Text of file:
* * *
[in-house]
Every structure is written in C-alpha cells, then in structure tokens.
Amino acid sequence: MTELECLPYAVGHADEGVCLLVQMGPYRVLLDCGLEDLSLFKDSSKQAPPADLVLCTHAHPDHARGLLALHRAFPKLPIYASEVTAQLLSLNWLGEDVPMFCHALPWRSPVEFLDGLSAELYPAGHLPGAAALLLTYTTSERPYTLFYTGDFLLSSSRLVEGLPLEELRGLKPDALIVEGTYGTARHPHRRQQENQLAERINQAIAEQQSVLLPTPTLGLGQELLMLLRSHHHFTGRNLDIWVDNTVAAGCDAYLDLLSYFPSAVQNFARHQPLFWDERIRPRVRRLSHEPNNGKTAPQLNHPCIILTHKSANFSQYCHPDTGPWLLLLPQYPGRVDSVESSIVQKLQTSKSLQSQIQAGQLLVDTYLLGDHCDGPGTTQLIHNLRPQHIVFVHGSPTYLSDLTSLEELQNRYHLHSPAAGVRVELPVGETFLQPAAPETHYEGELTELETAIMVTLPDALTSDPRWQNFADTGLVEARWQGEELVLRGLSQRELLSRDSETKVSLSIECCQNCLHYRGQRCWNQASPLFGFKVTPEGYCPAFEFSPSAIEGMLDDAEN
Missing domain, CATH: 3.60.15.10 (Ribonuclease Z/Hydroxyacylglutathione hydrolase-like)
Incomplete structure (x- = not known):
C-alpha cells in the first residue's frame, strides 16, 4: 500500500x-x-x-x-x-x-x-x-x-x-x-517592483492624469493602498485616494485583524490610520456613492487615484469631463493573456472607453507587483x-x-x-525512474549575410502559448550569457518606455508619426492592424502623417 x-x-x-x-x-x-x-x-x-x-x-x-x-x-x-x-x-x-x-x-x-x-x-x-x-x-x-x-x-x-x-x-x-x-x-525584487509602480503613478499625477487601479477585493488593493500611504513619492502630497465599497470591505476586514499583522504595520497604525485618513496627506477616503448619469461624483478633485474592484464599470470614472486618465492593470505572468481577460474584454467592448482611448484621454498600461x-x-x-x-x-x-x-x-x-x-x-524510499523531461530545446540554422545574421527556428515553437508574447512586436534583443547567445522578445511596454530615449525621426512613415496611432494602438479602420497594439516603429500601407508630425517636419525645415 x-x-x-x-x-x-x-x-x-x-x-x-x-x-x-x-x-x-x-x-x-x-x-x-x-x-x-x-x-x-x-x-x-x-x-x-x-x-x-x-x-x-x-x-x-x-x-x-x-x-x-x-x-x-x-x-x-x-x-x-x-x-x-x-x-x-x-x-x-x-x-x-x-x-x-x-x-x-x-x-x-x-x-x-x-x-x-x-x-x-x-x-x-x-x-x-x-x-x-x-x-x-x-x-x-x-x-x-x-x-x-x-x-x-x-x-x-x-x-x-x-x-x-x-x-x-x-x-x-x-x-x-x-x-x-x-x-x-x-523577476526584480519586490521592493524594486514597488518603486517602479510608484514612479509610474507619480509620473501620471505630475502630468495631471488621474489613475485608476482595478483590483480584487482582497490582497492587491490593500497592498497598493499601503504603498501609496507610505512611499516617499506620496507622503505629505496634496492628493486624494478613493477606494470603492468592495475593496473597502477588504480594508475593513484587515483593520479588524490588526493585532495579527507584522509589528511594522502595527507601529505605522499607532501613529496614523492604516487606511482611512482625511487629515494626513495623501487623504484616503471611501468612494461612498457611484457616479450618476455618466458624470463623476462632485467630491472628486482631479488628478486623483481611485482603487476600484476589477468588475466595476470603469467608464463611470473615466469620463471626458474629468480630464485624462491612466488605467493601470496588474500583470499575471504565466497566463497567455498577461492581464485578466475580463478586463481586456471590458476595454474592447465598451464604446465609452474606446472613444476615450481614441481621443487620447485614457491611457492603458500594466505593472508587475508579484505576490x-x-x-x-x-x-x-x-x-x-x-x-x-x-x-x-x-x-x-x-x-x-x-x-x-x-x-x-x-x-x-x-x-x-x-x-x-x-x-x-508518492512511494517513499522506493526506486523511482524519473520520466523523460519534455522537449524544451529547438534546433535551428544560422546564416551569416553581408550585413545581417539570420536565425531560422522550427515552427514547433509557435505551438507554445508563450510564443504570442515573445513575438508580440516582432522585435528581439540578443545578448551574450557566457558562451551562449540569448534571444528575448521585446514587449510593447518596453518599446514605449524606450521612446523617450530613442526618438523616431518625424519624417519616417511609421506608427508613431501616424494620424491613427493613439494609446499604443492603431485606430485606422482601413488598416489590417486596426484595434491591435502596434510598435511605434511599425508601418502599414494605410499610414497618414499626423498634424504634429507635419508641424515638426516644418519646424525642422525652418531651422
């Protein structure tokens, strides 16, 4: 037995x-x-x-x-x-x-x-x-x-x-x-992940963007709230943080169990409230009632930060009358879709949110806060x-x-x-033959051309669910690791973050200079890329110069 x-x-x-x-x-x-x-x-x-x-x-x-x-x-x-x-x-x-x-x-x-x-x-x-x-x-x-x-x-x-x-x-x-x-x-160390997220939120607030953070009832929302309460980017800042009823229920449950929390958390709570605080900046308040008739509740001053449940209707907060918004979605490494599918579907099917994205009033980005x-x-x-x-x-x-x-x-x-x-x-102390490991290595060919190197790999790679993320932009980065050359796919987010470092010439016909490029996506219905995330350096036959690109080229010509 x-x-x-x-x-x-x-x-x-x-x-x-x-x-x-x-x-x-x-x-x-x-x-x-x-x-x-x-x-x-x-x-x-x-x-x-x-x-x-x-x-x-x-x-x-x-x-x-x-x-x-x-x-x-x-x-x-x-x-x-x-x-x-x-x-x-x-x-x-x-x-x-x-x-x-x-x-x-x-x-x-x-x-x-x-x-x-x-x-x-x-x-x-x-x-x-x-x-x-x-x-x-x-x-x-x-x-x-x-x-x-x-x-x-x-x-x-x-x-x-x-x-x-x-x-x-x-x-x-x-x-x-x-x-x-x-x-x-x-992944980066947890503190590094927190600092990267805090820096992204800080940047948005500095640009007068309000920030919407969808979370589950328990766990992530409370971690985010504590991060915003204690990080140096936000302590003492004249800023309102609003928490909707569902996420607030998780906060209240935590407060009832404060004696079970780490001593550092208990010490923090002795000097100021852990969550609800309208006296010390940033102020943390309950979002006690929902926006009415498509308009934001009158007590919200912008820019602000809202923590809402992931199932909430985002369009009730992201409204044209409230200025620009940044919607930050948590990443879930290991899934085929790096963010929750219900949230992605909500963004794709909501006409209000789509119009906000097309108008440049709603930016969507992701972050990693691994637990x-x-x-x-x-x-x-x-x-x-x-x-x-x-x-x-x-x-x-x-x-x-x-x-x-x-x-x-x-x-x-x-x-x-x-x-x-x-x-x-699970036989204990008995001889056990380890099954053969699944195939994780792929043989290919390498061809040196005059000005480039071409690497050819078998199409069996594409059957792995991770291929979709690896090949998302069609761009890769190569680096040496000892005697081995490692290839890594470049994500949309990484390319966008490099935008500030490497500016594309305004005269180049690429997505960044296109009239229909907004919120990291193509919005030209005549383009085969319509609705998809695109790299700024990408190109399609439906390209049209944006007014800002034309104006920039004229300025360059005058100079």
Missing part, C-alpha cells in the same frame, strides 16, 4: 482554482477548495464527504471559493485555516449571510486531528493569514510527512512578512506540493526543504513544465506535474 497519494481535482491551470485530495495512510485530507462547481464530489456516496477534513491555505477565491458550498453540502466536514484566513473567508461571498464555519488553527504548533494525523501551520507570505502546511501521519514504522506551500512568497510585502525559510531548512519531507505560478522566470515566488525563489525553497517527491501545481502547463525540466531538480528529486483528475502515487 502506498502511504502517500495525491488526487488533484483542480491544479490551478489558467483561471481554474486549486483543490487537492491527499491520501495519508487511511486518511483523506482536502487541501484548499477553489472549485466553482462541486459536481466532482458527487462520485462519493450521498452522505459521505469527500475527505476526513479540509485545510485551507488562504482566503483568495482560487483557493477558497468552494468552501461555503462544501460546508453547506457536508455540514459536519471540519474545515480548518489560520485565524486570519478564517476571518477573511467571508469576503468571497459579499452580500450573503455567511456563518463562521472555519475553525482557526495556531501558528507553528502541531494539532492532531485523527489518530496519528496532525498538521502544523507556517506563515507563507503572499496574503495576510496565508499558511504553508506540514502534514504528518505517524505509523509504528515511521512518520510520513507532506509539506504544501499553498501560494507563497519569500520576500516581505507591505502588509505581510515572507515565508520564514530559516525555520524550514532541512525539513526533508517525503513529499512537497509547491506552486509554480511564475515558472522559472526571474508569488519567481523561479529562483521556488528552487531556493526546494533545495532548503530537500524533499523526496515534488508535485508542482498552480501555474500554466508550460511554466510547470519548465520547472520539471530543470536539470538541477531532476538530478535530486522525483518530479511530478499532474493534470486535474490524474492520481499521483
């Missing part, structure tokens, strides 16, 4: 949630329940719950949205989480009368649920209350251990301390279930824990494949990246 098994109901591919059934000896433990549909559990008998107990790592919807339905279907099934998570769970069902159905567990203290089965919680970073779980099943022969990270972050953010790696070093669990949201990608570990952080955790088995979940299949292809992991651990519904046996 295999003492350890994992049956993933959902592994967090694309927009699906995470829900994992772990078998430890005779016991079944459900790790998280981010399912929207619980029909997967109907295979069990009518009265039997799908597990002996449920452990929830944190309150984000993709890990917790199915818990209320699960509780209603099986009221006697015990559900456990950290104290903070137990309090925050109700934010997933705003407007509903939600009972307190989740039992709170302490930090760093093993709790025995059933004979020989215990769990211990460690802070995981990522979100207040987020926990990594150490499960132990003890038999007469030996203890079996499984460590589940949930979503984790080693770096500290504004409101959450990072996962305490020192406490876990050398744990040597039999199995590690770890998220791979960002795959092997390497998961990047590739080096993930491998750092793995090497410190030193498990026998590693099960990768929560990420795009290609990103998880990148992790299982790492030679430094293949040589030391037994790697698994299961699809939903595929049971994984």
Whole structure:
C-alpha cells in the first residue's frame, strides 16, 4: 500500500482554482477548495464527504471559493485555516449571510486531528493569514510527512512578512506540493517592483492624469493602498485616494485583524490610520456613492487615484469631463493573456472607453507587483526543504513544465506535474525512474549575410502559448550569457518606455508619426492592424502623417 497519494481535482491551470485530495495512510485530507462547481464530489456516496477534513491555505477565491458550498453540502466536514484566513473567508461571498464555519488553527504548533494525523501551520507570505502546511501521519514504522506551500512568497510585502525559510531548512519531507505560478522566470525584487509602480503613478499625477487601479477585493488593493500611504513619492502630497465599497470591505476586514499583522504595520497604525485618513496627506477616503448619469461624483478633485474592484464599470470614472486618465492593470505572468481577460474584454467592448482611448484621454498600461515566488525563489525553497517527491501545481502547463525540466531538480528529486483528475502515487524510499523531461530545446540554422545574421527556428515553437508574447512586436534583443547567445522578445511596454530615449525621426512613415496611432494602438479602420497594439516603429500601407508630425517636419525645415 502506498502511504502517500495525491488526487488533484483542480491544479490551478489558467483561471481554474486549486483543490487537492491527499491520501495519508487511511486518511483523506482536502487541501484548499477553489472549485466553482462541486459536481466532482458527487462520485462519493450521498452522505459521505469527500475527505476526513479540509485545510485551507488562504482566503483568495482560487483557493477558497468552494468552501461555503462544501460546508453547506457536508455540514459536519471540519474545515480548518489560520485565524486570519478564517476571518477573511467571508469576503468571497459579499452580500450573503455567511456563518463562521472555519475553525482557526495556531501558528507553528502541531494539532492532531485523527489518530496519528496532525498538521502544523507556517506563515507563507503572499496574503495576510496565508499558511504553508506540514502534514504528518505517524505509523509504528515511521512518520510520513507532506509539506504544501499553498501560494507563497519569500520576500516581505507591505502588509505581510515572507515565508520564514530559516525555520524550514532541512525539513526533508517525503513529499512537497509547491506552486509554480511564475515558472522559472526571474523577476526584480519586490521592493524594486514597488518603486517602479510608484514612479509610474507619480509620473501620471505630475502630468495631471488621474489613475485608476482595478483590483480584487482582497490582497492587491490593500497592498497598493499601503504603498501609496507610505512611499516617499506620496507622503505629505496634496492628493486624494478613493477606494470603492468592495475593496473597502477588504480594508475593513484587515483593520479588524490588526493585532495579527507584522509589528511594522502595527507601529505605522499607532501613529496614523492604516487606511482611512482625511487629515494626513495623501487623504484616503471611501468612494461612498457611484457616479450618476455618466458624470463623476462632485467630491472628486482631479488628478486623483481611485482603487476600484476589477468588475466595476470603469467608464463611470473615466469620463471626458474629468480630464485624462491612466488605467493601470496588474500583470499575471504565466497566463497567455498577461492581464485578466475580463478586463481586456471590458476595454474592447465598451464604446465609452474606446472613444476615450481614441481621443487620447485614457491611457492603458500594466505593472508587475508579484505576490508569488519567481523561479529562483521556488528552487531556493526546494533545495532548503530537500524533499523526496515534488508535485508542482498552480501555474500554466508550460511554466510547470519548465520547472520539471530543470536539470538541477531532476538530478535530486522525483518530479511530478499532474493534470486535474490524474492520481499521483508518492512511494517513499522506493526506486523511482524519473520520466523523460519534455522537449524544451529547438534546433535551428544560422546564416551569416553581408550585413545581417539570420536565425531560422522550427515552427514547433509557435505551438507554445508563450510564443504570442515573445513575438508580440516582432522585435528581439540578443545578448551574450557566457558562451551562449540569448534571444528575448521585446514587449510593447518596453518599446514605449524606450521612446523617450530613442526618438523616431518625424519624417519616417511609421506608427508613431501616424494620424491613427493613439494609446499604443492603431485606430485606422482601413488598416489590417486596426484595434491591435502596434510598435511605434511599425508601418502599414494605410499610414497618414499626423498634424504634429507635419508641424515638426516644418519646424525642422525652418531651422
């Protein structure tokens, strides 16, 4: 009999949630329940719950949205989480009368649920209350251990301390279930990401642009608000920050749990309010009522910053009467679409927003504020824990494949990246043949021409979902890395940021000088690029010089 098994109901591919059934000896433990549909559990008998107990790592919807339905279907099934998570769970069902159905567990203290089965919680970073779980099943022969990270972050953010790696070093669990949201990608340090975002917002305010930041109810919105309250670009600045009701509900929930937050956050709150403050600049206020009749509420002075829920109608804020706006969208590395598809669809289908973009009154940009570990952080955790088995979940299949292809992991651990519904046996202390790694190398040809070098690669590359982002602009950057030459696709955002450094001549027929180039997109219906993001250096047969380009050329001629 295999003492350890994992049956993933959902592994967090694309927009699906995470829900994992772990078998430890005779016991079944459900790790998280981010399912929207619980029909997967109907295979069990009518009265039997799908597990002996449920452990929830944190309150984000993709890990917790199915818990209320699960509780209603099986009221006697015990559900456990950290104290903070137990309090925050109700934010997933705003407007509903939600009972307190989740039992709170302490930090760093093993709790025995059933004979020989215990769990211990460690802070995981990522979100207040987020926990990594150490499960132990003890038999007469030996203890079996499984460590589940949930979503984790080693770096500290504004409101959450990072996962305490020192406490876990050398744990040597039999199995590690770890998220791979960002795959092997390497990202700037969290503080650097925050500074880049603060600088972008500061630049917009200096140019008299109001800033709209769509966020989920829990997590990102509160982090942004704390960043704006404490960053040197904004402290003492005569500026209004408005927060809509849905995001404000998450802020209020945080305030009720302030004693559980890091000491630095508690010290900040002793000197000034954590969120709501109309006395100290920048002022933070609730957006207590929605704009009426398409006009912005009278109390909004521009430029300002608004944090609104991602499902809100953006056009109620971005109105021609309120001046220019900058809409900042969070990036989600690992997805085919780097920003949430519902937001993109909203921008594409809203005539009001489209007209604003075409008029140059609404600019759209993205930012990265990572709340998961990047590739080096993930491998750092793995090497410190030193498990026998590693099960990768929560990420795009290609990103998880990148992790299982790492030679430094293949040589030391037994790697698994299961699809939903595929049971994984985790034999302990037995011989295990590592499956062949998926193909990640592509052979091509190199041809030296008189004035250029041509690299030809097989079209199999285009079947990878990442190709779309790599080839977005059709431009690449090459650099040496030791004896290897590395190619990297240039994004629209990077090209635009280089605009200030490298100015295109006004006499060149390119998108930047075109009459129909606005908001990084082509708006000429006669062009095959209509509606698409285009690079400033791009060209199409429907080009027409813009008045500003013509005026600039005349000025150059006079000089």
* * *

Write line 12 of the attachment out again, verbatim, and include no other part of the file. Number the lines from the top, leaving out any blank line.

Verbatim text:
């Protein structure tokens, strides 16, 4: 009999949630329940719950949205989480009368649920209350251990301390279930990401642009608000920050749990309010009522910053009467679409927003504020824990494949990246043949021409979902890395940021000088690029010089 098994109901591919059934000896433990549909559990008998107990790592919807339905279907099934998570769970069902159905567990203290089965919680970073779980099943022969990270972050953010790696070093669990949201990608340090975002917002305010930041109810919105309250670009600045009701509900929930937050956050709150403050600049206020009749509420002075829920109608804020706006969208590395598809669809289908973009009154940009570990952080955790088995979940299949292809992991651990519904046996202390790694190398040809070098690669590359982002602009950057030459696709955002450094001549027929180039997109219906993001250096047969380009050329001629 295999003492350890994992049956993933959902592994967090694309927009699906995470829900994992772990078998430890005779016991079944459900790790998280981010399912929207619980029909997967109907295979069990009518009265039997799908597990002996449920452990929830944190309150984000993709890990917790199915818990209320699960509780209603099986009221006697015990559900456990950290104290903070137990309090925050109700934010997933705003407007509903939600009972307190989740039992709170302490930090760093093993709790025995059933004979020989215990769990211990460690802070995981990522979100207040987020926990990594150490499960132990003890038999007469030996203890079996499984460590589940949930979503984790080693770096500290504004409101959450990072996962305490020192406490876990050398744990040597039999199995590690770890998220791979960002795959092997390497990202700037969290503080650097925050500074880049603060600088972008500061630049917009200096140019008299109001800033709209769509966020989920829990997590990102509160982090942004704390960043704006404490960053040197904004402290003492005569500026209004408005927060809509849905995001404000998450802020209020945080305030009720302030004693559980890091000491630095508690010290900040002793000197000034954590969120709501109309006395100290920048002022933070609730957006207590929605704009009426398409006009912005009278109390909004521009430029300002608004944090609104991602499902809100953006056009109620971005109105021609309120001046220019900058809409900042969070990036989600690992997805085919780097920003949430519902937001993109909203921008594409809203005539009001489209007209604003075409008029140059609404600019759209993205930012990265990572709340998961990047590739080096993930491998750092793995090497410190030193498990026998590693099960990768929560990420795009290609990103998880990148992790299982790492030679430094293949040589030391037994790697698994299961699809939903595929049971994984985790034999302990037995011989295990590592499956062949998926193909990640592509052979091509190199041809030296008189004035250029041509690299030809097989079209199999285009079947990878990442190709779309790599080839977005059709431009690449090459650099040496030791004896290897590395190619990297240039994004629209990077090209635009280089605009200030490298100015295109006004006499060149390119998108930047075109009459129909606005908001990084082509708006000429006669062009095959209509509606698409285009690079400033791009060209199409429907080009027409813009008045500003013509005026600039005349000025150059006079000089």